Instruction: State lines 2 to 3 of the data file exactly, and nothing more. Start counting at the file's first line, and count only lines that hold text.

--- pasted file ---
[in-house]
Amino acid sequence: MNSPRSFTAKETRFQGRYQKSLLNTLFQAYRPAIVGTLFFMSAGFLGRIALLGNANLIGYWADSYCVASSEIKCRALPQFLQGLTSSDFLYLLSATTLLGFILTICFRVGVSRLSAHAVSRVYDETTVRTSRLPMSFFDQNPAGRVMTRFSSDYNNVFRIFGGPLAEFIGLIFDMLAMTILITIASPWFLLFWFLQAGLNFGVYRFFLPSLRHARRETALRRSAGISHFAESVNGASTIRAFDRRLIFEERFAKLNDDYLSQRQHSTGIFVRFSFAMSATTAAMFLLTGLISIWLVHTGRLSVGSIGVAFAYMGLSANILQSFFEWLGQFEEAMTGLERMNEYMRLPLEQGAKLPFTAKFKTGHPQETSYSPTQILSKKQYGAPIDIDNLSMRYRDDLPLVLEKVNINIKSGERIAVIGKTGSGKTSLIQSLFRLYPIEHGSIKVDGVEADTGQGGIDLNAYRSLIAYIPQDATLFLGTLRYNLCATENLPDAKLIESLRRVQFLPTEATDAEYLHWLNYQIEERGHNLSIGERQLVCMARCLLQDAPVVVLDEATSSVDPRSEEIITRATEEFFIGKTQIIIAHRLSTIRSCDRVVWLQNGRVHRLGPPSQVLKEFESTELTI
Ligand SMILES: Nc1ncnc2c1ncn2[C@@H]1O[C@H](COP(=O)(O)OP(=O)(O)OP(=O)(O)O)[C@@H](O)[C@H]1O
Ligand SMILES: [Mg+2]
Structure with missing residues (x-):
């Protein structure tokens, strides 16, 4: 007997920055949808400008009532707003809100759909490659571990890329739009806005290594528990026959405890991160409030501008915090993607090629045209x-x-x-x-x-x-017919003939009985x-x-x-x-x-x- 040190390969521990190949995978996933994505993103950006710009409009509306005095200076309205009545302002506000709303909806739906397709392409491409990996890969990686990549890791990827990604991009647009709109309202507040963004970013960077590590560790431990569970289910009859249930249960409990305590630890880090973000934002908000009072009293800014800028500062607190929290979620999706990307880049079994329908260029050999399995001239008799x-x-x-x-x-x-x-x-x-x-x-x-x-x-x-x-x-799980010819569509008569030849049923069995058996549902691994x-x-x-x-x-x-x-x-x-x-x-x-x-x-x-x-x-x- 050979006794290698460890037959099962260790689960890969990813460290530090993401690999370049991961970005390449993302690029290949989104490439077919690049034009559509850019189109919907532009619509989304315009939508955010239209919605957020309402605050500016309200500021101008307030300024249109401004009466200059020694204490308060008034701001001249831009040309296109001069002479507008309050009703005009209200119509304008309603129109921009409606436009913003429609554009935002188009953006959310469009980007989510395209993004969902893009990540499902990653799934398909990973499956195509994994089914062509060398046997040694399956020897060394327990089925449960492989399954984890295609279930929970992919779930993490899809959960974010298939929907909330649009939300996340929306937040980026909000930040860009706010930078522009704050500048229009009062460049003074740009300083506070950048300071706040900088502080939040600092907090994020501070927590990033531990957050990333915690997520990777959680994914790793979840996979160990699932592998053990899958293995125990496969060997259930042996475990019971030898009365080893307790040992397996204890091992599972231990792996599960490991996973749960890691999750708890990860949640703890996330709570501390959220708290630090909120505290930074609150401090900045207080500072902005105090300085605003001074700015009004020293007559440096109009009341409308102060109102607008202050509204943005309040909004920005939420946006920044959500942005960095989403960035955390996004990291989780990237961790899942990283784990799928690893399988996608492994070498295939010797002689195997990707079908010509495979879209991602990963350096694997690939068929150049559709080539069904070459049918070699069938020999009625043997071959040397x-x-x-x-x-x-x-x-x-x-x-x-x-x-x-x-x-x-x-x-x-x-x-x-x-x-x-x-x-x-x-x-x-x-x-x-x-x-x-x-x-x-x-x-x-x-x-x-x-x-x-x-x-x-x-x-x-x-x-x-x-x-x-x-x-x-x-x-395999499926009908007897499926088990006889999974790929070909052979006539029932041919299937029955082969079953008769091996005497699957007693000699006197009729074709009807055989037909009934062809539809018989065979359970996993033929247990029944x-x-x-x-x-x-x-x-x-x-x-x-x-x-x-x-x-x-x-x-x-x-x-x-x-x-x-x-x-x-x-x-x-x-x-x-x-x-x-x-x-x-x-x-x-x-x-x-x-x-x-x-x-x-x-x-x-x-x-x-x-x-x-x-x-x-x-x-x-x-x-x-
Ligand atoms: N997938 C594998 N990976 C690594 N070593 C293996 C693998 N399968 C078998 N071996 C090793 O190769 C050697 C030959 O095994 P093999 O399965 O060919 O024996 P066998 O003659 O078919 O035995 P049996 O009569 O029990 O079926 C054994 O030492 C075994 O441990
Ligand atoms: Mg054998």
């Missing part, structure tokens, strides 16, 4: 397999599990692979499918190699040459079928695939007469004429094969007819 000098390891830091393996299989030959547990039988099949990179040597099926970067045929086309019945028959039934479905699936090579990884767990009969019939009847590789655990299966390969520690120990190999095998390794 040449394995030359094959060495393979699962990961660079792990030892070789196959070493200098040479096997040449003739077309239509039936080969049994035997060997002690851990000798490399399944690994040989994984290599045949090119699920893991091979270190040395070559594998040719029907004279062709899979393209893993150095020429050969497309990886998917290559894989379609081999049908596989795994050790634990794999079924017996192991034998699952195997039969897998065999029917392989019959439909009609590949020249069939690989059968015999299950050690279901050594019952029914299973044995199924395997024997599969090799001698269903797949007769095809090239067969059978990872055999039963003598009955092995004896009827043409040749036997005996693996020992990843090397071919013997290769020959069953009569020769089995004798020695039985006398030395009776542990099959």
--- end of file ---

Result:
Amino acid sequence: MNSPRSFTAKETRFQGRYQKSLLNTLFQAYRPAIVGTLFFMSAGFLGRIALLGNANLIGYWADSYCVASSEIKCRALPQFLQGLTSSDFLYLLSATTLLGFILTICFRVGVSRLSAHAVSRVYDETTVRTSRLPMSFFDQNPAGRVMTRFSSDYNNVFRIFGGPLAEFIGLIFDMLAMTILITIASPWFLLFWFLQAGLNFGVYRFFLPSLRHARRETALRRSAGISHFAESVNGASTIRAFDRRLIFEERFAKLNDDYLSQRQHSTGIFVRFSFAMSATTAAMFLLTGLISIWLVHTGRLSVGSIGVAFAYMGLSANILQSFFEWLGQFEEAMTGLERMNEYMRLPLEQGAKLPFTAKFKTGHPQETSYSPTQILSKKQYGAPIDIDNLSMRYRDDLPLVLEKVNINIKSGERIAVIGKTGSGKTSLIQSLFRLYPIEHGSIKVDGVEADTGQGGIDLNAYRSLIAYIPQDATLFLGTLRYNLCATENLPDAKLIESLRRVQFLPTEATDAEYLHWLNYQIEERGHNLSIGERQLVCMARCLLQDAPVVVLDEATSSVDPRSEEIITRATEEFFIGKTQIIIAHRLSTIRSCDRVVWLQNGRVHRLGPPSQVLKEFESTELTI
Ligand SMILES: Nc1ncnc2c1ncn2[C@@H]1O[C@H](COP(=O)(O)OP(=O)(O)OP(=O)(O)O)[C@@H](O)[C@H]1O